From The Editors Science

Astronomers Discover Rare Fossil Gas-Cloud Deep in the Universe – A Legacy of the Big Bang

A team of astronomers led by Ph.D. student Fred Robert and Professor Michael Murphy from the Swinburne University of Technology in Melbourne, Australia, have discovered what they describe as a cloud of “metal-free gas” deep in the universe.

The pristine gas cloud, which the researchers call LLS 1723 (Layman Limit System 1723), is apparently a fossil relic from the Big Bang that can, potentially, provide unprecedented data on the origins of the first galaxies in the universe.

It is indeed a rare and significant find, in that the gas cloud has somehow remained untouched by heavy elements – the cosmic waste left behind by exploding stars, or supernovae – even though 1.5 billion years have passed since the cosmic exp[losion.

“Everywhere we look, the gas in the universe is polluted by waste heavy elements from exploding stars,” the Swinburne University website quotes Robert as saying.

“But this particular cloud seems pristine, unpolluted by stars even 1.5 billion years after the Big Bang,” Robert told the website.

“If it has any heavy elements at all, it must be less than 1/10,000th of the proportion we see in our Sun,” he said, adding that “this is extremely low – the most compelling explanation is that it’s a true relic of the Big Bang.”

The researchers, who had access to the W. M. Keck Observatory in Hawaii, made full use of the facility’s instruments, including the Echellette Spectrograph and Imager (ESI) and the High-Resolution Echelle Spectrometer (HIRES), to study LLS 1723 in the background of the spectrum originating from a quasar behind it.

A quasar is a massive celestial object that is extremely bright, it’s luminosity emanating from gasses getting sucked into a massive blackhole it contains.

A Blackhole can range in mass from millions to billions of times the Sun’s mass in different quasars, and as gas falls into it huge amounts of energy, which can glow thousands of times brighter than the Milky Way, is released.

“We targeted quasars where previous researchers had only seen shadows from hydrogen and not from heavy elements in lower-quality spectra,” Robert said.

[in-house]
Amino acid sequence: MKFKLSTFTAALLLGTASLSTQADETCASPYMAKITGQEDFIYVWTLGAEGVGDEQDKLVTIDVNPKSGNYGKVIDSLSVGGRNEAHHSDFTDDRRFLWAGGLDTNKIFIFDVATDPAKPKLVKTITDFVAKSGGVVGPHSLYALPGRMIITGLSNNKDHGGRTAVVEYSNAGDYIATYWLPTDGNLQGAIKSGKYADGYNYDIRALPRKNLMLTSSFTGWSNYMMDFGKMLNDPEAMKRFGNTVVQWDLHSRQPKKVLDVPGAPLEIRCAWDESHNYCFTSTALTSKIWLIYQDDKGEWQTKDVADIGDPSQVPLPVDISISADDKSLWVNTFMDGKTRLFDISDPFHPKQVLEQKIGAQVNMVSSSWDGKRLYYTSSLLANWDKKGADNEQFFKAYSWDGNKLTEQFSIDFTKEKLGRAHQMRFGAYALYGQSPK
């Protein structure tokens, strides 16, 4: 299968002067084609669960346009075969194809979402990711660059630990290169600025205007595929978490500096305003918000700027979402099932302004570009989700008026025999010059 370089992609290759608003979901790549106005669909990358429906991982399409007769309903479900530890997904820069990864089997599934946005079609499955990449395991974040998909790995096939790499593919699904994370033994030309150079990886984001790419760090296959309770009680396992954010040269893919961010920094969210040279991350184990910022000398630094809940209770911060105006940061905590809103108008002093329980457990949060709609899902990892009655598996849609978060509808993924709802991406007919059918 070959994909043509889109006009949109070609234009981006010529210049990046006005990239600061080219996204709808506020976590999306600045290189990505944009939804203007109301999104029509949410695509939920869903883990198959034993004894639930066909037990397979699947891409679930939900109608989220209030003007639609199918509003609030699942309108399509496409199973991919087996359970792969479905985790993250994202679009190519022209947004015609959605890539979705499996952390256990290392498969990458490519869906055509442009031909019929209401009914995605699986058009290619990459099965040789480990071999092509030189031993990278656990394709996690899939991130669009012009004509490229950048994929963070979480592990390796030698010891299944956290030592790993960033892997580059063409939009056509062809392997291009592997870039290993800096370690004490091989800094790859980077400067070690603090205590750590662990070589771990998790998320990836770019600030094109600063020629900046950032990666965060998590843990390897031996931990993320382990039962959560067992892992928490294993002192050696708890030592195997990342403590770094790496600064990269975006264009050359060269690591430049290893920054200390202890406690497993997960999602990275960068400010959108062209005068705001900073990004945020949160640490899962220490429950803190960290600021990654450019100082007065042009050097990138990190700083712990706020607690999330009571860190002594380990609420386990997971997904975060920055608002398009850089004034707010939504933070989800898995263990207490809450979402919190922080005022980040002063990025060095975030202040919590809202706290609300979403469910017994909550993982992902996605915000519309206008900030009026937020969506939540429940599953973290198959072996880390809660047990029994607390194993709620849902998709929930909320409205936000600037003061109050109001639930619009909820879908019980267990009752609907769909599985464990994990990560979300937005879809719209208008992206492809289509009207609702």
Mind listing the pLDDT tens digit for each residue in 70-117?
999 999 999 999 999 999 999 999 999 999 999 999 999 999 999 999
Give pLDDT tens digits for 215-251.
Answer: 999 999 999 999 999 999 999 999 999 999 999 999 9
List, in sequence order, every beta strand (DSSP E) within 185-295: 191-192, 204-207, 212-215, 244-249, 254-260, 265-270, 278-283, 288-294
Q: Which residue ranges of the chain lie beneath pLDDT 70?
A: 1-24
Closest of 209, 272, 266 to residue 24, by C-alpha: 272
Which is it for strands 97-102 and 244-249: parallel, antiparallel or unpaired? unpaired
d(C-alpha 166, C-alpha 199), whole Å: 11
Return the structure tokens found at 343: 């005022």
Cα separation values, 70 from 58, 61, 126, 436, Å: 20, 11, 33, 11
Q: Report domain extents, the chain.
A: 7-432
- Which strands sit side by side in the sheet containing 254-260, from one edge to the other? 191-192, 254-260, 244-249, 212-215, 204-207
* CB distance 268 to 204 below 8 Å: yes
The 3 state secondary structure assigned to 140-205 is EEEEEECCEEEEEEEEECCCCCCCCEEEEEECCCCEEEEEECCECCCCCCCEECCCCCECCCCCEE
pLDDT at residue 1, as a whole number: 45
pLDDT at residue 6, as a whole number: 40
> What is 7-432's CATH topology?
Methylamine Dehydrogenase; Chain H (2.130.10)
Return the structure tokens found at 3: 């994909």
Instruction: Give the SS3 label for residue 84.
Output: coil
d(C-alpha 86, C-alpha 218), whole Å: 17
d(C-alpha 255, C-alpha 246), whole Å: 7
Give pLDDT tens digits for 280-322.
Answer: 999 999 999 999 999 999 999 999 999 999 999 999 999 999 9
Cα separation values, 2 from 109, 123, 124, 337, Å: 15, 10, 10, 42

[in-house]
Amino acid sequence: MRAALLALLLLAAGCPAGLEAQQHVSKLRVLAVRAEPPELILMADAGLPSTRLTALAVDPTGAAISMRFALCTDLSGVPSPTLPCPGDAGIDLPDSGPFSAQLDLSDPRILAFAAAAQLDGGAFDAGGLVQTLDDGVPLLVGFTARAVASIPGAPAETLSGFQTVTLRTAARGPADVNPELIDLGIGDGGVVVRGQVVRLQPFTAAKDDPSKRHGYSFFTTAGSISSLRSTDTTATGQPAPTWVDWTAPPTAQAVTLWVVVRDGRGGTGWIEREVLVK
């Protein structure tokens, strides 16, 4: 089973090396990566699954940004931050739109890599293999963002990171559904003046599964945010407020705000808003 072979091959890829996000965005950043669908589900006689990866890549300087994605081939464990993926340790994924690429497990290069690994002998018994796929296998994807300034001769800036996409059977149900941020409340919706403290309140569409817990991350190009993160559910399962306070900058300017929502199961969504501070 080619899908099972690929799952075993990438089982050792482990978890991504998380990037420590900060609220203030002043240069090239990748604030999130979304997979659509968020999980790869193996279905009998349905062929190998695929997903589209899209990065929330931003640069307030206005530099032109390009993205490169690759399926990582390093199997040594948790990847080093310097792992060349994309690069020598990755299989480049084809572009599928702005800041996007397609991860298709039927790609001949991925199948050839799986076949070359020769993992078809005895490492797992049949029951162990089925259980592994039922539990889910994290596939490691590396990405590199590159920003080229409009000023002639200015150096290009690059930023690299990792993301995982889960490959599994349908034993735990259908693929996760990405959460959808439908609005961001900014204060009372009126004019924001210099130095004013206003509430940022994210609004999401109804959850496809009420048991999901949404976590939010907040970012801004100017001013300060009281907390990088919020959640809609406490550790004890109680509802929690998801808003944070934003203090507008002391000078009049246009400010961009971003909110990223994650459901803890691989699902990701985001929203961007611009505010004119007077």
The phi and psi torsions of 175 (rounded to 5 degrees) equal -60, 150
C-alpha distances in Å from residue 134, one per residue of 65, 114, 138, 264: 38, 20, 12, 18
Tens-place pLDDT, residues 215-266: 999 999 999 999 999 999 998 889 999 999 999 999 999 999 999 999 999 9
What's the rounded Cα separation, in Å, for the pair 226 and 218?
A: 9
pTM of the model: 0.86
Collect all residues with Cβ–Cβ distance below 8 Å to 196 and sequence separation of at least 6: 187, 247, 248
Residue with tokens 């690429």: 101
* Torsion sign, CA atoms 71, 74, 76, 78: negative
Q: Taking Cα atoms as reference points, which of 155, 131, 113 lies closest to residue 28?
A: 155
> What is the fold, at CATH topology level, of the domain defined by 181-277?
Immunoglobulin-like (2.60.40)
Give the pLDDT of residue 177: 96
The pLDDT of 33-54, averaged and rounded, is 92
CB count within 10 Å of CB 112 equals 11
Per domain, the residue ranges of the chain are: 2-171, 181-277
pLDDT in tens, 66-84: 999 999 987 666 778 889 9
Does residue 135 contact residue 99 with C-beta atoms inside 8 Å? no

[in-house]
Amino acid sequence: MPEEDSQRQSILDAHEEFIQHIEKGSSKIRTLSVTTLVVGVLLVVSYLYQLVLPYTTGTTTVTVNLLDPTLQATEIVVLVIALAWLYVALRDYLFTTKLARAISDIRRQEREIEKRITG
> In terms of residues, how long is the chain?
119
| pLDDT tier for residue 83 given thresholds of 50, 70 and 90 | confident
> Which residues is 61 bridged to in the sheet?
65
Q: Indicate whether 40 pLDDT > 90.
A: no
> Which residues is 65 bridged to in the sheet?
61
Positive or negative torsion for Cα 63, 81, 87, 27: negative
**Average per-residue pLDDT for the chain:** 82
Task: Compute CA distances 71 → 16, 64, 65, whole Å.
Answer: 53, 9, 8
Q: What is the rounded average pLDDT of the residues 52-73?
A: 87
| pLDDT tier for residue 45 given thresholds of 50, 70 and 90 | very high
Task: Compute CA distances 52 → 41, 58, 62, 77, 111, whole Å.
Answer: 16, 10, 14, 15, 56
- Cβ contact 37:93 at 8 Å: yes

“This allowed us to discover such a rare fossil quickly with the precious time on the Keck telescope,” added the Ph.D. student.

The discovery may have been fortuitous, but it does motivate more focused searches in the future, “instead of relying on further serendipitous discoveries or large samples of existing high-resolution quasar spectra,” say the authors of the research paper.

While the paper, entitled “Exploring the origins of a new, apparently metal-free gas cloud at z = 4.4,” is pending publication in the science journal Monthly Notices of the Royal Astronomical Society (MNRAS), a preprint can be viewed here.

Prof Murphy believes that the discovery paves the way for more surveys of such Big Bang relics to better understand the birth of the universe.

“That will tell us exactly how rare they are and help us understand how some gas formed stars and galaxies in the early universe, and why some didn’t,” said the Swinburne professor.

Prior to the LLS 1723, only two other fossil gas-clouds were known to astronomers; they discovered in 2011 by co-authors of the Swinburne study, Professor Michele Fumagalli, an astrophysicist at Durham University, and Prof John O’Meara, formerly attached to St. Michael’s College.

“Those were serendipitous discoveries, and we thought they were the tip of the iceberg. But no-one has discovered anything similar – they are clearly very rare and difficult to see,” Professor O’Meara said. “Now it’s fantastic to finally discover one systematically.”

The project was funded by the European Research Council (ERC) under the European Union’s Horizon 2020 research and innovation program.

Managed by the California Association for Research in Astronomy, the W.M. Keck Observatory is a non-profit organization with representation from Caltech and the University of California (UC).

“Australian access to the W. M. Keck Observatory has been made available through Astronomy Australia Limited via the Australian Government’s National Collaborative Research Infrastructure Strategy, via the Department of Education and Training, and an Australian Government astronomy research infrastructure grant, via the Department of Industry, Innovation and Science,” acknowledge the authors in the paper.

The array of instruments at the Hawaiian observatory include:

  • MOSFIRE – Multi-Object Spectrometer for Infra-Red Exploration
  • DEIMOS – Deep Extragalactic Imaging Multi-Object Spectrograph
  • HIRES – High-Resolution Echelle Spectrometer
  • KCWI – Keck Cosmic Web Imager
  • LRIS – Low-Resolution Imaging Spectrograph
  • LWS – Long Wavelength Spectrometer for the Keck I telescope
  • NIRC – Near Infrared Camera for the Keck I telescope
  • NIRC-2 – second-generation Near Infrared Camera
  • NIRES – Near-Infrared Echellette Spectrometer
  • NIRSPEC – Near-Infrared Spectrometer for the study of very high redshift radio galaxies
  • OSIRIS – OH-Suppressing Infrared Imaging Spectrograph (source: Wikipedia)

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